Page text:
The United States has conducted sixteen years of counterterrorism efforts in Afghanistan at a high-operational tempo, which has helped to prevent a catastrophic terror attack from occurring on the homeland. The last one occurred on September 11, 2001. However, in the aftermath of Operation Enduring Freedom, Al Qaeda has focused on its regeneration, ISIS-Khorasan has become “operationally emergent,” and the Haqqani Network is now “externally enabled.” The rise of these terror threats signals the need for improvements in U.S. counterterrorism policy in Afghanistan. Within ten months of transitioning to Operation Freedom’s Sentinel, U.S. Special Operations Forces conducted a large-scale operation in the Shorabak District of the Kandahar Province, which was aimed at destroying two training camps belonging to Al Qaeda’s regional affiliate, Al Qaeda in the Indian Subcontinent. One of the training camps spanned thirty square miles . The existence of these camps shows how rapid malign actors, such as Al Qaeda’s regional franchise, can exploit under-governed areas in Afghanistan—even with a persistent U.S. presence in Kandahar. Thus, in an area where as many as twenty terrorist organizations in Afghanistan and Pakistan “creates the largest concentration of terrorist and extremist organizations in the world,” sustained U.S. counterterrorism pressure will prevent violent extremist organizations like Al Qaeda from using Afghanistan as a base from which to plan terror attacks on the United States.
In such a volatile and complex security environment, the United States must have a credible host-nation partner force that can target terrorist leaders, nodes and facilitators. This is a precondition to Secretary Mattis’s vision of success in Afghanistan. The Afghan Special Security Forces (ASSF) are at the forefront of the fight to deter armed groups’ exploitation of Afghan territory, conducting 80 percent of the Afghan National Army’s offensive operations. As some experts postulate, it is “much cheaper for the United States and its allies to support [the ANDSF] than it is to deploy large numbers of U.S. and other NATO soldiers.”
Simultaneously, given the pervasive instability and unpredictable turbulence in which violent extremist organizations thrive, it is in the interest of the United States to maintain a high-end, albeit small, counterterrorism capability to unilaterally address threat networks. Such an enduring security commitment would signal to Islamabad that Pakistan need not prepare for a post–United States Afghanistan, diluting its incentives to support armed groups that degrade the gains of NATO and the Afghan government. Strengthening partners and weakening adversaries will lead to conditions that are ripe to achieving and sustaining a politically acceptable end-state.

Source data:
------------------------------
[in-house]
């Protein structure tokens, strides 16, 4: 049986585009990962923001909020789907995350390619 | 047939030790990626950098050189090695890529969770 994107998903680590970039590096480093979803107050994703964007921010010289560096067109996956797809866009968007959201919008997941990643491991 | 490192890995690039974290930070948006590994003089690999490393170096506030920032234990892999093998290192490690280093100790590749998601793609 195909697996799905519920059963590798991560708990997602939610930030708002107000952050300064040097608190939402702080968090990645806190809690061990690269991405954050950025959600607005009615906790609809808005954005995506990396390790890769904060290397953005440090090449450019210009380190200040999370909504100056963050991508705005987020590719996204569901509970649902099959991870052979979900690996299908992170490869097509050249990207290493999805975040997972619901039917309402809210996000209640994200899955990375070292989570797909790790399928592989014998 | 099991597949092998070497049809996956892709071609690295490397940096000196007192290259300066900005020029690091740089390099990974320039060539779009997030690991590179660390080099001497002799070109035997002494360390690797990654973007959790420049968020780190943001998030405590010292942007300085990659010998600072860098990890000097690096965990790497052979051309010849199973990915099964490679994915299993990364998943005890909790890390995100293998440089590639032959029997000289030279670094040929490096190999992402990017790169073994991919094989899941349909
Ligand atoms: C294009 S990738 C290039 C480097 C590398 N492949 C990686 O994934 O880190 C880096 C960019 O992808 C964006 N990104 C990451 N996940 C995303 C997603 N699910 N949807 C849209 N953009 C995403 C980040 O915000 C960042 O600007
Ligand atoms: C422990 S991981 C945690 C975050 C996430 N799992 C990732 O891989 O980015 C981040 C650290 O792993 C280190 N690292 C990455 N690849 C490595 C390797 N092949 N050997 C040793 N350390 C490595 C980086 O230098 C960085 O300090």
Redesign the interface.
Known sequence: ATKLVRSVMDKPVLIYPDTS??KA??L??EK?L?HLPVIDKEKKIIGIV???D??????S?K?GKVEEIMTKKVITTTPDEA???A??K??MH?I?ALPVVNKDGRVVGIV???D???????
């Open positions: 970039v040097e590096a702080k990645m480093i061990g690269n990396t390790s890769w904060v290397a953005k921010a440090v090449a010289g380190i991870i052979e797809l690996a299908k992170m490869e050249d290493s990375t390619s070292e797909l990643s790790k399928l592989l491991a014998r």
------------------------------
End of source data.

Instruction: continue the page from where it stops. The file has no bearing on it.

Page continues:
However, regional actors may serve as spoilers with the aim of protecting national interests in Afghanistan and increasing the costs of the United States’ extended presence. Reports of Moscow’s arming of the Afghan Taliban—purportedly under the guise of combating ISIS-Khorasan—add fuel to the conflict. This strategy, a component of what the United States views as irregular warfare doctrine, seeks to “subvert, coerce, attrite, and exhaust an adversary” as opposed to pursuing a defeat through conventional means. Similarly, Iran portrays the Afghan Taliban “not only as the lesser of its enemies but also as a useful proxy force” to take advantage of a growing security vacuum. These state actors can exploit these relationships as levers of influence by providing material support to the Taliban to pressure the United States and pursue their geopolitical objectives.
The new U.S. strategy of “ R4+S”—regionalize, realign, reinforce, and reconciliation, plus sustain—provides the best course of action to attain Secretary of Defense James Mattis’s vision of “winning.” This vision relies on achieving a state of security in which the Afghan government, with international help, could reduce violence to a point where “local security forces can handle it.” Maintaining a persistent counterterrorism platform within Afghanistan to support unilateral efforts and better enable the battle-tested ASSF will lead to more effective counterterrorism operations. This effort will help create a force nimble enough to adapt to emerging threats to U.S. interests and support host-nation efforts to deter terrorist exploitation of Afghan territory. There are advantages to preventing terrorists from establishing a safe haven to plot or direct attacks against the United States while at the same time ensuring the survival of a non-Taliban government. Those advantages are worth the cost of maintaining an enduring presence in Afghanistan, and those goals are attainable—but they will not come without consequence.
Nicholas A. Glavin is a candidate for a Master of Arts in Law and Diplomacy (MALD) from The Fletcher School at Tufts University. He previously worked as a researcher at the U.S. Naval War College’s Center on Irregular Warfare and Armed Groups (CIWAG). The views expressed are the author’s own and do not represent those of the U.S. Government. Follow him on Twitter @nickglavin.
Image: The Afghan mountains are reflected in the visor of a US Army Airborne CH-47 Chinook window gunner while flying behind U.S. Defense Secretary Chuck Hagel as he travels to visit American troops at Forward Operating Base Gamberi December 7, 2014. Hagel on Sunday met with troops in Afghanistan on what is likely his last visit there before stepping down from his post. Hagel's visit comes one day after he announced that the U.S. will keep up to 1,000 more soldiers in Afghanistan into next year than previously planned, saying the additional forces were needed because delays in signing security pacts had impacted plans to raise troops from other countries. REUTERS/Mark Wilson/Pool